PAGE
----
A family-of-four – who sold their home and donated their possessions to charity – have swapped the rat race for an adventurous life on the road.
Parents Clare and Andrew Barnes, both aged 35, took their two children out of school for a once in a lifetime ‘gap year’ travelling the world after quitting their jobs.
With their son Spencer, aged nine, and 11-year-old daughter Lily in tow, the family, from Victoria’s Geelong, have a full world itinerary planned – as they make their way around the globe.
Here, the family – who are currently travelling around South East Asia – shared a glimpse into their nomadic lifestyle – and why they decided to live a life many dream about.
Parents Clare and Andrew Barnes, both aged 35, are travelling around the world with their son Spencer, aged nine, and 11-year-old daughter Lily in tow (pictured together)
The children are exploring the world with their parents after taking a once in a lifetime ‘gap year’ travelling full-time
‘We know life is short and precious,’ Ms Barnes told Daily Mail Australia.
‘We believe that we have one life and need to live it to its fullest. Life on the road is not easy, but so far, the good has definitely outweighed the bad.
‘Our children are at the perfect age to see the world and to remember each and every place we visit together.’
As the family document their spontaneous travels on Instagram under Her Travelling Tribe, the mother said their seemingly-perfect holiday snaps are not all it’s cracked up to be.
‘I won’t lie – it’s not always sunshine and rainbows,’ she said.
‘We all get cranky from time to time – but we are all truly loving it. Just like when we’re at home in Australia, some days the kids are happy and get along – some days they’re bickering all day.
‘We make an effort each night at dinner to say what we’re all grateful for, and this helps everyone to appreciate each other, especially on those cranky days.’
The young family-of-four sold their home (pictured) and donated most of their possessions to pursue their adventures
The family spent one month in Vietnam exploring the culture, food and places (pictured in Hoi An Ancient Town, Vietnam)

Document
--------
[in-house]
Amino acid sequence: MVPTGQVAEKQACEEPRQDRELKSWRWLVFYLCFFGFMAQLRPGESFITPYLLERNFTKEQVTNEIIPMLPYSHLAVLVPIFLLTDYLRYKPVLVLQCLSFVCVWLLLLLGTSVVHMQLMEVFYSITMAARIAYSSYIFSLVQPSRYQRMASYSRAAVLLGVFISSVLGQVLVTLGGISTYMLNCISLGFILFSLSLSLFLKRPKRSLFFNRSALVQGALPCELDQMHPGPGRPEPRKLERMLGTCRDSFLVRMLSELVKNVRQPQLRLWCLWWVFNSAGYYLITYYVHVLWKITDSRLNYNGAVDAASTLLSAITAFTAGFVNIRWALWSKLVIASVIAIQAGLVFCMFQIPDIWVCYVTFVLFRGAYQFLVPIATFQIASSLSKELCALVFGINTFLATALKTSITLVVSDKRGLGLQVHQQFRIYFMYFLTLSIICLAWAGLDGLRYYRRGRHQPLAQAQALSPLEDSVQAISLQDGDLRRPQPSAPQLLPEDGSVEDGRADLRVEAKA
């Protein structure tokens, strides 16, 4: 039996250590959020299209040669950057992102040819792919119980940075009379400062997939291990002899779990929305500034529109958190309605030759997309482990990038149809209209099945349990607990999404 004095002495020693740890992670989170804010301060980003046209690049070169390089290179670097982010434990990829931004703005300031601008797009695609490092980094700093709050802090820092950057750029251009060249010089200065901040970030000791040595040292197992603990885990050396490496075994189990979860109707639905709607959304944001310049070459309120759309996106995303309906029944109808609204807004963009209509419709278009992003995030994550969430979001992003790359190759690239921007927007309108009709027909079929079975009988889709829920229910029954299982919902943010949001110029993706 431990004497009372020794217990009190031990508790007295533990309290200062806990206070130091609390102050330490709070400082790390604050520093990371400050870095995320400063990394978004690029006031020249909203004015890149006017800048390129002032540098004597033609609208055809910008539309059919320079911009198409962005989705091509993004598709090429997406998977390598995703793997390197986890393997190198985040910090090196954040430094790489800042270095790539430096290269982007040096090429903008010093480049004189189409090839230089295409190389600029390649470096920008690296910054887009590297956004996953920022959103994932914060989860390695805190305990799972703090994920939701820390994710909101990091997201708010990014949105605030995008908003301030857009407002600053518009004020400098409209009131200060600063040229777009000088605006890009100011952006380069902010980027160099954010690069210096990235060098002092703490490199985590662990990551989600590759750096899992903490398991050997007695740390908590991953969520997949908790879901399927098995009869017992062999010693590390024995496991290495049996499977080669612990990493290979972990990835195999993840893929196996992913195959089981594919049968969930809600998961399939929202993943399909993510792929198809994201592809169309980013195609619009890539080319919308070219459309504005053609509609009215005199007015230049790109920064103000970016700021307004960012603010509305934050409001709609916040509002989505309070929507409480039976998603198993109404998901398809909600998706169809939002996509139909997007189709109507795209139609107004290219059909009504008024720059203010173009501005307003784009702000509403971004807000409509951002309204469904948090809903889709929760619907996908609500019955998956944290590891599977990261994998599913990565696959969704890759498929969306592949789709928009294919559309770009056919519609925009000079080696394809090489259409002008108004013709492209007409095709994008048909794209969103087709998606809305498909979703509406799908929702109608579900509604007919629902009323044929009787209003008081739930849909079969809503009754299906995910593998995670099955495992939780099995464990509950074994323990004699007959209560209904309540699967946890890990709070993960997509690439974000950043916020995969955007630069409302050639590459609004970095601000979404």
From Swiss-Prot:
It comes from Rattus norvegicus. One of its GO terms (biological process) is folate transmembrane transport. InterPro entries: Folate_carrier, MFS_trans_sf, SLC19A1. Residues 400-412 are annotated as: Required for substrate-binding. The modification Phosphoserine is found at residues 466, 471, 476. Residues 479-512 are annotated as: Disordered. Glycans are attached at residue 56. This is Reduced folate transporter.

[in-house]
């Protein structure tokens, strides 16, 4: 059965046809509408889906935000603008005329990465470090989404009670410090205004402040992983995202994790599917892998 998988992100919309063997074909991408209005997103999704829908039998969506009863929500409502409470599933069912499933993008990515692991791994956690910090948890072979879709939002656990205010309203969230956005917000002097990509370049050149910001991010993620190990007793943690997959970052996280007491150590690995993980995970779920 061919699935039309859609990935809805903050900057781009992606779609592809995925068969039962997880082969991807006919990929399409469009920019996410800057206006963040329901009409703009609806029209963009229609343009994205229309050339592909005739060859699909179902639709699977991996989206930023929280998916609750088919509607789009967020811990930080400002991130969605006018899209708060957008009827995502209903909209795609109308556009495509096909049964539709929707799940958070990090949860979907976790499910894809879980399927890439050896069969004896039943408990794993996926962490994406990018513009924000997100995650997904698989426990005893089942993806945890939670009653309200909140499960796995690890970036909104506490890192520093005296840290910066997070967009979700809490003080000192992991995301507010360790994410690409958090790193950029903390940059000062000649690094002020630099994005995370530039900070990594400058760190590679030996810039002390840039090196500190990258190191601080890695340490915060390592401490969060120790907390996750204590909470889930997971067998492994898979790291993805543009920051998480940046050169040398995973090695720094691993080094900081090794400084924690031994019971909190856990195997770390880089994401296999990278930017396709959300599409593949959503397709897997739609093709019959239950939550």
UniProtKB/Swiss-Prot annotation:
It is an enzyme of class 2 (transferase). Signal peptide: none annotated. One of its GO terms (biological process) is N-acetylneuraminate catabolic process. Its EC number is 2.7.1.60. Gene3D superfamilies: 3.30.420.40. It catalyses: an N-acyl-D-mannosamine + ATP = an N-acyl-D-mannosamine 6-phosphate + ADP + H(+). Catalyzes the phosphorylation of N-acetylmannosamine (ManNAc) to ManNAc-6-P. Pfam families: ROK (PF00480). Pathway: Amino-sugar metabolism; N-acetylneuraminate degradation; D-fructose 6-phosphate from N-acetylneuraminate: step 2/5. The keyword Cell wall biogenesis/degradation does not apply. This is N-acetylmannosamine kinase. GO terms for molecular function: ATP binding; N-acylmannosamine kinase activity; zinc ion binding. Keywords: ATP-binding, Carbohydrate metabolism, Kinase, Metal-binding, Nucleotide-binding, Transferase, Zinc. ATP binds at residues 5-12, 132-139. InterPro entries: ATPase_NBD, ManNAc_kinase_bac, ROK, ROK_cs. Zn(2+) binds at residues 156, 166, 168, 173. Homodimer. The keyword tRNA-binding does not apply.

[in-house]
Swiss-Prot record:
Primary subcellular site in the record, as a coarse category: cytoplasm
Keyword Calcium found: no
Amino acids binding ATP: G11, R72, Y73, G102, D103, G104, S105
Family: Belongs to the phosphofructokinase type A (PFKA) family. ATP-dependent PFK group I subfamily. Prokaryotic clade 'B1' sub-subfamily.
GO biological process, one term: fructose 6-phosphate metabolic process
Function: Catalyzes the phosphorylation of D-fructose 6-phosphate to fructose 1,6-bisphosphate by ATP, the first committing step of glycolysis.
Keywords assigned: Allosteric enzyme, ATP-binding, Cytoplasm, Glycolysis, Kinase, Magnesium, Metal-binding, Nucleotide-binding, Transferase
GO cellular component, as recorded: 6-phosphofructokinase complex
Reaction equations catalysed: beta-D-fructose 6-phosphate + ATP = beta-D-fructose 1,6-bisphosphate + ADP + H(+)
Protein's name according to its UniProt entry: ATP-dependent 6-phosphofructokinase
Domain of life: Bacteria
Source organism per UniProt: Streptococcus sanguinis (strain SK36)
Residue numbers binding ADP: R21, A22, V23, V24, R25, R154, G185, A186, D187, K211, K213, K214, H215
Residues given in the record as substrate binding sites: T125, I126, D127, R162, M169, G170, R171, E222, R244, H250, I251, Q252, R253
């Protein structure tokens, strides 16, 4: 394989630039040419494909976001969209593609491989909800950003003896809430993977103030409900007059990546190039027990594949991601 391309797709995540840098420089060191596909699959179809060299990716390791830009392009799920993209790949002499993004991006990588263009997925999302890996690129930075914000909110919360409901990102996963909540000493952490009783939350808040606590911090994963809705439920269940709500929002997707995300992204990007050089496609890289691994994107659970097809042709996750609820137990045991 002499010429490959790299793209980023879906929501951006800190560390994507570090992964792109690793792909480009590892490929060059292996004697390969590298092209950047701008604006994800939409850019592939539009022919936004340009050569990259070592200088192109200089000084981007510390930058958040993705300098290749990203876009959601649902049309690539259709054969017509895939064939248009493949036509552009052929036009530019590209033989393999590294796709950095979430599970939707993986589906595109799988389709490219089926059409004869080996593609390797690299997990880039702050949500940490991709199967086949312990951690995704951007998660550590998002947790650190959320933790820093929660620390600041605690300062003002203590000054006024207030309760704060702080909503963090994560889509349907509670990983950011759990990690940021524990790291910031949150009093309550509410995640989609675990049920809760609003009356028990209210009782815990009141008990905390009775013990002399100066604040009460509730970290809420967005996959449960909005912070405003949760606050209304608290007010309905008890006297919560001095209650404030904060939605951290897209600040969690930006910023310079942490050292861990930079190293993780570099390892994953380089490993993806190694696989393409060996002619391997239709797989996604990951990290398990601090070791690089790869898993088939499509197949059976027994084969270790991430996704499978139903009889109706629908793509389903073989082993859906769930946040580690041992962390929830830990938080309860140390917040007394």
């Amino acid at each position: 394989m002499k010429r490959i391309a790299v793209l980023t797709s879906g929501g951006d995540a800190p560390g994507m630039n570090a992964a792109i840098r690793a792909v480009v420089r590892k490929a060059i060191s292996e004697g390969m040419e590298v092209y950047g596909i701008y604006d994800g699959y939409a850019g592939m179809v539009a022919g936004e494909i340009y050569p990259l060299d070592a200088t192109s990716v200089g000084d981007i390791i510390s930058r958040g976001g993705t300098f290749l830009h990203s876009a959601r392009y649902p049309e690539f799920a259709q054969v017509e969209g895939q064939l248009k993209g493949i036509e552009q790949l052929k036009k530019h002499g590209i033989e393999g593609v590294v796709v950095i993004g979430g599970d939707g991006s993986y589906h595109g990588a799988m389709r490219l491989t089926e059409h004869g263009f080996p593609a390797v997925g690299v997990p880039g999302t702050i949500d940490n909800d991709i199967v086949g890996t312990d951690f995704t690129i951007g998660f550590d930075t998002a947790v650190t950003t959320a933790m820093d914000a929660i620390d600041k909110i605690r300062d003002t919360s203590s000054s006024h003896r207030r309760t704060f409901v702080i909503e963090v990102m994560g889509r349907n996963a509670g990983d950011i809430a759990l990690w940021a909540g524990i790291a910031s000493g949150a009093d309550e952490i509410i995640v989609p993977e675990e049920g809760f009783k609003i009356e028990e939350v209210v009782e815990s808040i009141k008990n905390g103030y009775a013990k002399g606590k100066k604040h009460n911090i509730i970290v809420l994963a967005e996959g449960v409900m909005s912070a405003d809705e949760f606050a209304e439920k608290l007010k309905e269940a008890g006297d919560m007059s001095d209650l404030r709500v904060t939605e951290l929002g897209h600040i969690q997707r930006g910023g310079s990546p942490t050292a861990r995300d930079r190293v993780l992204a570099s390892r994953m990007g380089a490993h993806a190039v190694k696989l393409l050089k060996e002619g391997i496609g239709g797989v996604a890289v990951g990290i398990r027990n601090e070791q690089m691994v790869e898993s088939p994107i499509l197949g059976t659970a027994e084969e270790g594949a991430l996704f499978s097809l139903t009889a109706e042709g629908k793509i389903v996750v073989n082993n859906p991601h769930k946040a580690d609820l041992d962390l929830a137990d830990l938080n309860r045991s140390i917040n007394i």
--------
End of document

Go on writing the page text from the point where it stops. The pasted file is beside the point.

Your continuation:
After getting rid of most of the possessions, the family-of-four are currently backpacking with a bag and luggage each
The jet-setters are travelling on a tight budget by spending just $150 a day for the whole family.
‘We try to stick to a rough daily budget. Some days we spend more, some days we spend less. As we currently have a steady income, it’s making things easier,’ she said.
‘While in South East Asia – we are working on a rough $150 per day budget. This includes accommodation, meals and activities – this figure does not include flights.
‘The cost of living for us in South East Asia is far less than our every day costs back home. We are spending less travelling full-time than we would in Australia. We will need to reassess the budget as we head further west.’
After selling getting rid of most of their possessions, the family now live out of a luggage and backpack each.
‘We each carry one pack [check in luggage] and one backpack [carry on],’ she said.
‘We are following the seasons around the world, so we mainly have lightweight clothing as well as each of us having long pants, a jumper and running shoes.’
The jet-setters are travelling on a tight budget by spending just $150 a day for the whole family (pictured in Vietnam)
The family made the snap decision to quit the rat race so they can embark on a permanent holiday (pictured in Cambodia)
The kids are currently being ‘worldschooled’ as the parents are working with the Australian curriculum to ensure their son and daughter are getting the best education on the road